Democrats square off in U.S. Senate race debate

Democrats square off in U.S. Senate race debate

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BOZEMAN — The five candidates vying to be the Democratic nominee for Montana’s U.S. Senate seat squared off in Bozeman Friday night in a forum that showcased their diverse personalities and saw some attempt to articulate why voters should pick one person over the other, though incumbent U.S. Sen. Steve Daines still drew nearly all the criticism.

It was the first time sharing a stage for Bozeman resident Cora Neumann, who has worked in the public lands and public health fields; Helena Mayor Wilmot Collins; John Mues, a Navy veteran and engineer who works in the energy field and lives in Loma; scientist Mike Knoles, of Bozeman; and Josh Seckinger, a fly-fishing guide who also lives in Bozeman.

Neumann emphasized her experience working in the U.S. State Department and in the public health and public lands sectors, saying she was the candidate with the “energy, experience and infrastructure” to defeat Daines, who earlier this week got a primary challenger in the form of political newcomer and Stevensville hardware store owner Daniel Larson.

Neumann has outraised all the other candidates on the Democratic side of the race, pulling in $460,000 so far, compared to about $176,000 for Collins and $135,000 for Mues. Knoles trails significantly and Seckinger has not had to file a finance report yet.

Mues highlighted his resume in the Navy, as a schoolteacher and his family’s agricultural background, and also took the most direct dig at his fellow candidates Friday night, saying the other four people on the stage would “give Daines a free pass” and not help carry other Democrats on the ballot.

“Beating Sen. Daines is an existential obligation,” Mues said. “The stakes are too high.”

Collins hammered on Democratic talking points, from renewable energy to a higher minimum wage, sharing the story of coming to the United States as a refugee and eventually becoming the mayor of Helena. He also said Montanans had been shortchanged by having Daines as a senator. "I'm running for the US Senate because each state deserves two senators," Collins quipped.

Knowles focused on a message of getting corruption and influence like money out of politics, saying that everything else Democrats want to accomplish would be met with roadblocks until those issues are resolved. He also said the solutions for many of the issues about which moderator Mike Wheat, a former state Supreme Court justice, prodded the candidates would be resolved with universal basic income.

Having just joined the race Tuesday, Seckinger seemed happy to be there, providing short answers that often came in under the minute allotted each candidate. He answered succinctly but didn’t get into much policy detail, saying he was a candidate who isn’t embarrassed to say, “I don’t know.” He presented himself as the average guy of the crowd, saying at one point, "I don't think I'm an idiot, but I'm not a genius and you know I'm not the smartest person on the stage. And I will never pretend to be, but I feel like I have a message that resonates." He added on Sunday he is kicking off a 56-county tour, saying "gas and a cheap motel" can sway Montana as much as big media buys.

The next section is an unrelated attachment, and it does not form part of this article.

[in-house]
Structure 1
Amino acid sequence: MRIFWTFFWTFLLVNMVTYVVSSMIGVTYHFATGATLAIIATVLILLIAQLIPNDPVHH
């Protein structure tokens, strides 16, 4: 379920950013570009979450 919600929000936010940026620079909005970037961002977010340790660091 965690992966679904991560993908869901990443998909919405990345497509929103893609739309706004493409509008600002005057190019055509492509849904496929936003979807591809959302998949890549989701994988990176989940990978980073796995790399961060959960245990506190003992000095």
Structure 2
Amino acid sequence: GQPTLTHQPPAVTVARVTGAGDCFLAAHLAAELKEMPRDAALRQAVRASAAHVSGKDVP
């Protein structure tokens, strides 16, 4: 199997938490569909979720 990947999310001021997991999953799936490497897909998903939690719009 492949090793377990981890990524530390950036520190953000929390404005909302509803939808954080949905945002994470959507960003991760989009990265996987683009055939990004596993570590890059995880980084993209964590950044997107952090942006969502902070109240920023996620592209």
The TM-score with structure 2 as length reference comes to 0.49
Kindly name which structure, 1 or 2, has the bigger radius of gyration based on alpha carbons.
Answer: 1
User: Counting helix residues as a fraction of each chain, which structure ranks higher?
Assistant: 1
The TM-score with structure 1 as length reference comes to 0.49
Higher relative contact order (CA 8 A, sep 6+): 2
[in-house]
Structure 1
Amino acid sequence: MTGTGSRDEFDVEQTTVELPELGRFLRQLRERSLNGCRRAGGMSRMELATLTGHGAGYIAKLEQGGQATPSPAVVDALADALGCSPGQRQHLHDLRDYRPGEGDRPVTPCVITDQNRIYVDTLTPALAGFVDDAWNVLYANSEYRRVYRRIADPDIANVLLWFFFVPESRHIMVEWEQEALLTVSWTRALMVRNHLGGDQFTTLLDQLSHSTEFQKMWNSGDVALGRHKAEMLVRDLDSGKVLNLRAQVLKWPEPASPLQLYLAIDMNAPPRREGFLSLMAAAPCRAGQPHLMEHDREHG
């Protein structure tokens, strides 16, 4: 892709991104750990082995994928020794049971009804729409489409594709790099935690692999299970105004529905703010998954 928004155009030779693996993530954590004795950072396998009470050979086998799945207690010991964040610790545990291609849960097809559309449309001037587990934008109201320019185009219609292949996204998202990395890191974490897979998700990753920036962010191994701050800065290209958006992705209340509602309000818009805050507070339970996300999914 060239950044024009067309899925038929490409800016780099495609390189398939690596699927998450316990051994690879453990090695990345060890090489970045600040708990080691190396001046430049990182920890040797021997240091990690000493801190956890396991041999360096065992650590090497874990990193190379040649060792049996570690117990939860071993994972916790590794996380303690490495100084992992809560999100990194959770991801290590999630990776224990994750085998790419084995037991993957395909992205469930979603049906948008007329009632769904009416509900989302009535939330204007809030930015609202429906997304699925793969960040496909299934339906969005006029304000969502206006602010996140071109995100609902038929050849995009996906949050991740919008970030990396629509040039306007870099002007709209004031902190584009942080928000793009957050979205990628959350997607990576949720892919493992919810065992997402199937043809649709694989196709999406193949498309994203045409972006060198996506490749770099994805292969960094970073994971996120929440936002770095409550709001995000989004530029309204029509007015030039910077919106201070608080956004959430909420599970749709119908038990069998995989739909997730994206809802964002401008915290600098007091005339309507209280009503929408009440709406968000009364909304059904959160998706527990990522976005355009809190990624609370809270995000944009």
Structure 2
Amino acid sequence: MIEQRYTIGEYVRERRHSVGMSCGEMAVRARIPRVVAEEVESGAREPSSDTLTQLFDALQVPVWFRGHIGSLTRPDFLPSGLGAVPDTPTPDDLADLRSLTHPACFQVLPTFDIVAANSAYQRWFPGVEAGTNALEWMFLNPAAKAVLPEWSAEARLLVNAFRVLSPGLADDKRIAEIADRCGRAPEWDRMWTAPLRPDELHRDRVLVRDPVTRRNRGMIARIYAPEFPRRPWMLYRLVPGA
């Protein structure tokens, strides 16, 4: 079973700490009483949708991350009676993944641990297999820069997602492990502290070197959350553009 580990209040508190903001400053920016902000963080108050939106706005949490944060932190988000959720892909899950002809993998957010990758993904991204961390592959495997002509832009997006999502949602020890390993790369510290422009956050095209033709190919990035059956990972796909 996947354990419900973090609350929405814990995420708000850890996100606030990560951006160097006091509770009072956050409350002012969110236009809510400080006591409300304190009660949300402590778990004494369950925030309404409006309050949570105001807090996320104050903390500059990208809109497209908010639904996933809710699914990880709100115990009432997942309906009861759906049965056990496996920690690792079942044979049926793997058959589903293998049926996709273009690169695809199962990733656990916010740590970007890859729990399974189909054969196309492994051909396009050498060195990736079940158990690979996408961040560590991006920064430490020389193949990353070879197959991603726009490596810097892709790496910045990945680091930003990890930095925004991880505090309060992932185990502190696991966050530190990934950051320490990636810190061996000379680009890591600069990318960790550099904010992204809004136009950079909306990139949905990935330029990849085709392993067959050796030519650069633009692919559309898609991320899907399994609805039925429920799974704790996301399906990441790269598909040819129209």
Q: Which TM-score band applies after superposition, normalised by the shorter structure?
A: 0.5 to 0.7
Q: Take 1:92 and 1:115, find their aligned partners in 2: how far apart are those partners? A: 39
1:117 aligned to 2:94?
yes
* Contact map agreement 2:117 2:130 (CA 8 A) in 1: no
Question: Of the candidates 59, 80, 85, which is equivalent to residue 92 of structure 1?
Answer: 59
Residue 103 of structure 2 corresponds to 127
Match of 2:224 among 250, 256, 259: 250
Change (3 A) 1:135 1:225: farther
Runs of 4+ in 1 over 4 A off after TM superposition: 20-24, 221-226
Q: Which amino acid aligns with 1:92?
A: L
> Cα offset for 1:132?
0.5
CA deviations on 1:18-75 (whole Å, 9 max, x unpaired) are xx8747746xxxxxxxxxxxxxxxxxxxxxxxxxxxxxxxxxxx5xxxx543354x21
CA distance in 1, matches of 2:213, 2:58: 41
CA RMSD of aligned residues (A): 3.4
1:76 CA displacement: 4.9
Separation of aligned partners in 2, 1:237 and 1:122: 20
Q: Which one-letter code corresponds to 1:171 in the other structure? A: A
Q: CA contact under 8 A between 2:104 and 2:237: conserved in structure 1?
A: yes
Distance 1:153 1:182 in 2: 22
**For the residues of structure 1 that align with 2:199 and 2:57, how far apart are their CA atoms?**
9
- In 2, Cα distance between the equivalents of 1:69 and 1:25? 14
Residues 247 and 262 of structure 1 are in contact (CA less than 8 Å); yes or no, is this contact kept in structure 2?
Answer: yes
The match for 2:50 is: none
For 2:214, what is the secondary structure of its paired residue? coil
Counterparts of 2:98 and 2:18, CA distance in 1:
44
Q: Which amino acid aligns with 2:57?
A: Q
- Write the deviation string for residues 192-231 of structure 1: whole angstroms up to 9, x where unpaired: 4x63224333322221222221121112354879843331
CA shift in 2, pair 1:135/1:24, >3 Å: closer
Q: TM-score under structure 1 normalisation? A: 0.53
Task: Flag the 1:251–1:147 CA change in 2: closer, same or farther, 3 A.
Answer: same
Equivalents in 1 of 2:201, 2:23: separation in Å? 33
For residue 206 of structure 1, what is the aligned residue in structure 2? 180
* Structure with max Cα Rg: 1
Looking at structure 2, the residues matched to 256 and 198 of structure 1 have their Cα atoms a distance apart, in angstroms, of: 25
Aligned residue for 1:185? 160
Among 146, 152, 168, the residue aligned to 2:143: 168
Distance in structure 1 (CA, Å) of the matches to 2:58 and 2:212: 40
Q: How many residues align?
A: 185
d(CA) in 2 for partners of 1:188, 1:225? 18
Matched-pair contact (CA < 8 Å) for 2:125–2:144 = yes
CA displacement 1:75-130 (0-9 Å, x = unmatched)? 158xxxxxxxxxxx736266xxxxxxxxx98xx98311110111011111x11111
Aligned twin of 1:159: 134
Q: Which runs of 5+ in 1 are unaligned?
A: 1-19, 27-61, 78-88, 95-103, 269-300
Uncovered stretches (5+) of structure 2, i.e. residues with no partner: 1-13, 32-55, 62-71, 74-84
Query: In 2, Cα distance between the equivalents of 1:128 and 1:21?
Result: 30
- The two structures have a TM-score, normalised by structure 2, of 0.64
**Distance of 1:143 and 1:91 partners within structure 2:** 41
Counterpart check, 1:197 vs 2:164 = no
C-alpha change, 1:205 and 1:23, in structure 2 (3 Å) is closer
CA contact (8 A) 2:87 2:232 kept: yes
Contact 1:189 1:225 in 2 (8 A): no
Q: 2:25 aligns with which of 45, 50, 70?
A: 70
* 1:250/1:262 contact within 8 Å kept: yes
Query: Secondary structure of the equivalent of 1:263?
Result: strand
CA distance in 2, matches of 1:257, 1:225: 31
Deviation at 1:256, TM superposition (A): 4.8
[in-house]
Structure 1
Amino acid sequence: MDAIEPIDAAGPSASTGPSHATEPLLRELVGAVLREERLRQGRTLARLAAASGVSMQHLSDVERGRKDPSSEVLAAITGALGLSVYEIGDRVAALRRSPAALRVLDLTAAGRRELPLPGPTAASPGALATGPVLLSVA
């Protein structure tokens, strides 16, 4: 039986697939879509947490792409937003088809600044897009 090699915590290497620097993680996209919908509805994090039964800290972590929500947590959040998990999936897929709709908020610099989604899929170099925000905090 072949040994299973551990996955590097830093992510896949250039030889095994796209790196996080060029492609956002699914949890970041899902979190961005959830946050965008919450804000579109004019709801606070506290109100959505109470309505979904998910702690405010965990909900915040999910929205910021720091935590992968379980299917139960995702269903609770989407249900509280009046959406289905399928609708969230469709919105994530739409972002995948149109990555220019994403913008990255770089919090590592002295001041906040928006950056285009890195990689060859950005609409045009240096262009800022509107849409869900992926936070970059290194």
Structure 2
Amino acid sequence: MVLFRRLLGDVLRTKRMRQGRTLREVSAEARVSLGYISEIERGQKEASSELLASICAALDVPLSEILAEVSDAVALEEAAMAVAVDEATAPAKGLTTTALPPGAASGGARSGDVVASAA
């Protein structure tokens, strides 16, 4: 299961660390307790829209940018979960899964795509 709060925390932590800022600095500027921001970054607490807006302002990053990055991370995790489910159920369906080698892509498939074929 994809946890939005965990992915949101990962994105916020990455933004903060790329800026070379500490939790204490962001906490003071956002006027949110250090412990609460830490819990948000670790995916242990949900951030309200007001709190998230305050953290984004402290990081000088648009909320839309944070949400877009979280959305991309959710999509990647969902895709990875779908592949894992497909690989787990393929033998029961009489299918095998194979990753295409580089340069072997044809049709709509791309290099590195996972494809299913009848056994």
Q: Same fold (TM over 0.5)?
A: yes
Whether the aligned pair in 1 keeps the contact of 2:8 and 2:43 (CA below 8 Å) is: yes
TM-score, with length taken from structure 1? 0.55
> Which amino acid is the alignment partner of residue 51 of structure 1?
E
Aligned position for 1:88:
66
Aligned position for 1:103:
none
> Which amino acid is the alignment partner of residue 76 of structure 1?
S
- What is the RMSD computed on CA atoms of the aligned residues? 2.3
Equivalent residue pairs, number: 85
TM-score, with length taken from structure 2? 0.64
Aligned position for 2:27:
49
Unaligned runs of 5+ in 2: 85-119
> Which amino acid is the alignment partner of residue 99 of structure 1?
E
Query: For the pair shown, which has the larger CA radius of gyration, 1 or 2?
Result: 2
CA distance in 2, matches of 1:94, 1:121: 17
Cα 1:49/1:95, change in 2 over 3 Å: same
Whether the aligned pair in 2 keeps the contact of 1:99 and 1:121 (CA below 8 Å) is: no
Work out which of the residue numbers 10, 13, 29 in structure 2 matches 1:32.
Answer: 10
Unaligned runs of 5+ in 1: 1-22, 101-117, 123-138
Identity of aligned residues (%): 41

When it came to how candidates want to address the high cost of accessing health care, Mues said Montana’s senator needed to recognize health care as a human right but live within the bounds of political constraints.

Neumann focused on what she said was the threat Daines posed to the Affordable Care Act, citing votes Republicans have taken to weaken parts of the law. She said she would back a public option to buy into Medicare.

Collins and Knoles said they’d listen to what constituents wanted.

There was some daylight between the candidates on whether to raise the federal minimum wage, with Neumann saying she would not want to see one set wage nationwide but a staggered approach taking into account different situations of each state.

Knowles said he’d rather see universal basic income, while Seckinger said he would support a minimum hourly wage of $15 with an increase for inflation every two years. Collins says he supported a $15 floor, too, and that he's observed families in his job as a child support specialist struggle to make ends meet earning even that amount.

Mues also supports a $15 minimum, but wants to make sure there are subsidies to help offset the effects for small business in Montana.

The candidates also differed on how to address the expense associated with higher education. Seckinger told the crowd he dropped out of college before finishing because of the crippling debt he accumulated, and that he wants to see debt-free college.

Mues said a third of student debt should be relieved, another third should be taken on by the student and the final third relived via national service programs.

Presidential candidate and Massachusetts Sen. Elizabeth Warren’s plan to cancel up to $50,000 per student is the right approach for Collins, while Neumann said she wants to also see partial debt forgiveness, some debt lifted by national service and programs that give people incentives to go into in-demand careers by offering payback of their student loans.


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